Chargés d’affaires ad interim are distinct from the ‘chargés d’affaires accredited to Ministers for Foreign Affairs’ who are listed under Article 14 of the Convention as forming the third class of heads of mission. The latter are often described as ‘chargés d’ affaires en pied’, and can be traced back to the eighteenth century ‘agents’. Chargés d’affaires ad interim on the other hand derive from the ‘secrétaire de l’ambassade’ who would be left in charge during temporary absences of the head of mission. The distinction between the two offices became clear during the nineteenth century, and the chargé d’affaires en pied was given precedence on the ground that the chargé d’affaires ad interim sent no official notification of arrival and copy of credentials entitling him to acquire seniority under Article 4 of the 1815 Vienna Regulation. In some countries in Latin America, however, it seems that only a single category of chargé d’affaires was recognized.1
Page Id: 121ReferencesRèglement on the Precedence of Diplomatic Agents agreed between Austria, France, Great Britain, Portugal, Prussia, Russia, Spain and Sweden, signed at Vienna, 19 March 1815 2 BFSP 179Art.IVVienna Convention on Diplomatic Relations (United Nations [UN]) 500 UNTS 95, UNTS Reg No I-7310, TIAS No 7502, (1972) 23 UST 3227Art.19Art.19, (1)Art.19, (2)(p. 122) Negotiating history
A separate Article to regulate the appointment of a chargé d’affaires ad interim was introduced by Mr Bartos at the International Law Commission in 1957.2 It was generally agreed that a new Article would be helpful. The text as proposed and as finally adopted makes clear that the chargé d’affaires ad interim is not accredited to the receiving State and is not actually a head of mission—he can merely ‘act provisionally as head of the mission’. In his case the formalities of notification set out in Article 19 replace the agrément procedure required under Article 4 for heads of mission proper. Subsequent discussion, however, showed that on a number of points state practice was not uniform. The three disputed issues were the circumstances in which it was appropriate to appoint a chargé d’affaires, the method of notification of an appointment to the receiving State, and the persons who could be appointed or presumed to be in charge.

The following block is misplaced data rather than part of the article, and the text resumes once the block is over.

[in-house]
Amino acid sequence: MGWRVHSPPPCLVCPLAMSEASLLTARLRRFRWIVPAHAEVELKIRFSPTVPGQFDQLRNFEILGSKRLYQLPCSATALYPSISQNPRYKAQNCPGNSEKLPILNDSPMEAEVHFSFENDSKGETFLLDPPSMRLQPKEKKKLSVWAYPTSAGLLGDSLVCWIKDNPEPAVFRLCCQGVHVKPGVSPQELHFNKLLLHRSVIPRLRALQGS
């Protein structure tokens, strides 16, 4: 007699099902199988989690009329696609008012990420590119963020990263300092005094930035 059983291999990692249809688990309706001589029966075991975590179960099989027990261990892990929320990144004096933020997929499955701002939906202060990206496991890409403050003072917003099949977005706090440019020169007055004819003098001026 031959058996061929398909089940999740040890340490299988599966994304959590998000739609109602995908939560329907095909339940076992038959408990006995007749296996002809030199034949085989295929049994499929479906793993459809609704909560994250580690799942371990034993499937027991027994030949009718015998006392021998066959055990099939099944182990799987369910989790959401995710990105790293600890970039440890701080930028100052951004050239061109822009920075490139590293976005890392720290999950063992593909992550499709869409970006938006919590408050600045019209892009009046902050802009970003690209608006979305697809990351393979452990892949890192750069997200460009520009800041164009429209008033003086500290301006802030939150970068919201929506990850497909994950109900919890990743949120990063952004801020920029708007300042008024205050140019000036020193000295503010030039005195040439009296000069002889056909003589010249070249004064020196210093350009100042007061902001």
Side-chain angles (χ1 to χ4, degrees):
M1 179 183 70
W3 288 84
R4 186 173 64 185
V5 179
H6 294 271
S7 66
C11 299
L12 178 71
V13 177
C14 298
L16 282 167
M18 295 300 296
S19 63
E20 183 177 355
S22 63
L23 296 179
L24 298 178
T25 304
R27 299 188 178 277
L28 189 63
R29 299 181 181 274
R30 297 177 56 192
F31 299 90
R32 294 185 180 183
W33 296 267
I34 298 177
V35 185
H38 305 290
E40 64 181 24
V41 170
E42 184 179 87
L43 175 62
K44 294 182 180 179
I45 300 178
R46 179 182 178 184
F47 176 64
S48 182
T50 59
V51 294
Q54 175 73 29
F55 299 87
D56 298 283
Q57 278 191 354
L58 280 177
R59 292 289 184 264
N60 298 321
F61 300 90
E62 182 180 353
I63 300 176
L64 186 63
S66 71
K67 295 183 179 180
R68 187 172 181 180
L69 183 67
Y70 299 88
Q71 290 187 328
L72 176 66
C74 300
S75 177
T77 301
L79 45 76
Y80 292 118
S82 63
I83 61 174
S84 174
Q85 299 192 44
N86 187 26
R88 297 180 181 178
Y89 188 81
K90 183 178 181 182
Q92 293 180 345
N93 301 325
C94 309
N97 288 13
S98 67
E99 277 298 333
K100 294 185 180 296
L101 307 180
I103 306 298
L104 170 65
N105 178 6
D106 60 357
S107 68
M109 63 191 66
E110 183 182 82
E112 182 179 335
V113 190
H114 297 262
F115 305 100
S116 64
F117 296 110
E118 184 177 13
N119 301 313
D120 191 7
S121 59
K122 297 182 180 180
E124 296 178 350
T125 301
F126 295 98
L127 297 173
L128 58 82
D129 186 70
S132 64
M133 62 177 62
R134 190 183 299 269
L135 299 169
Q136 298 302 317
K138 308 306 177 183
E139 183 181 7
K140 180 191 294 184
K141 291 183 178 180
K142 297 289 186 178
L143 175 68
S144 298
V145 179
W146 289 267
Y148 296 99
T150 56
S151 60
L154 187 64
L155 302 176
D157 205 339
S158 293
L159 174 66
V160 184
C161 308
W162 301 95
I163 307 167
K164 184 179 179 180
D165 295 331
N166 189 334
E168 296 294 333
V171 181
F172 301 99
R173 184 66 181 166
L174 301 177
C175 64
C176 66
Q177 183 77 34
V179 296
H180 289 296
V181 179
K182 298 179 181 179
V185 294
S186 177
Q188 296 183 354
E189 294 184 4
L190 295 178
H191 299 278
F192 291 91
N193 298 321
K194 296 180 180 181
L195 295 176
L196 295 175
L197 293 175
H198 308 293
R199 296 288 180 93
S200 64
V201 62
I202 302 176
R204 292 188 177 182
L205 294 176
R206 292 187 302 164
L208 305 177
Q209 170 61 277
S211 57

Need for appointment of a chargé d’affaires
Some States regarded temporary incapacity of a head of mission or his absence from the capital as occasion for the appointment of a chargé d’affaires ad interim, while others, including the United Kingdom and the United States, regarded the head of mission as remaining in charge so long as he was within the territory of the receiving State.3 The wording of Article 19 was left sufficiently vague to accommodate both practices. Although the International Law Commission commented that the ‘question must be answered according to the practice in the receiving State’,4 it will normally be the sending State which decides that its head of mission is ‘unable to perform his functions’, and proceeds accordingly to the appointment of a chargé d’affaires ad interim. It may be reluctant to make such a decision—for example, throughout the months in which the UK Ambassador to Uruguay, Sir Geoffrey Jackson, was held captive following his kidnapping, the UK Government did not appoint a chargé d’affaires ad interim. It would be very unusual for the receiving State to insist on an interim appointment against the wishes of the sending State.5 The receiving State can, however, refuse nomination of a chargé d’affaires as being Page Id: 122ReferencesVienna Convention on Diplomatic Relations (United Nations [UN]) 500 UNTS 95, UNTS Reg No I-7310, TIAS No 7502, (1972) 23 UST 3227Art.4(p. 123) unnecessary, and the United States do so if the relevant ambassador remains within the United States.6
Notification of the appointment of a chargé d’affaires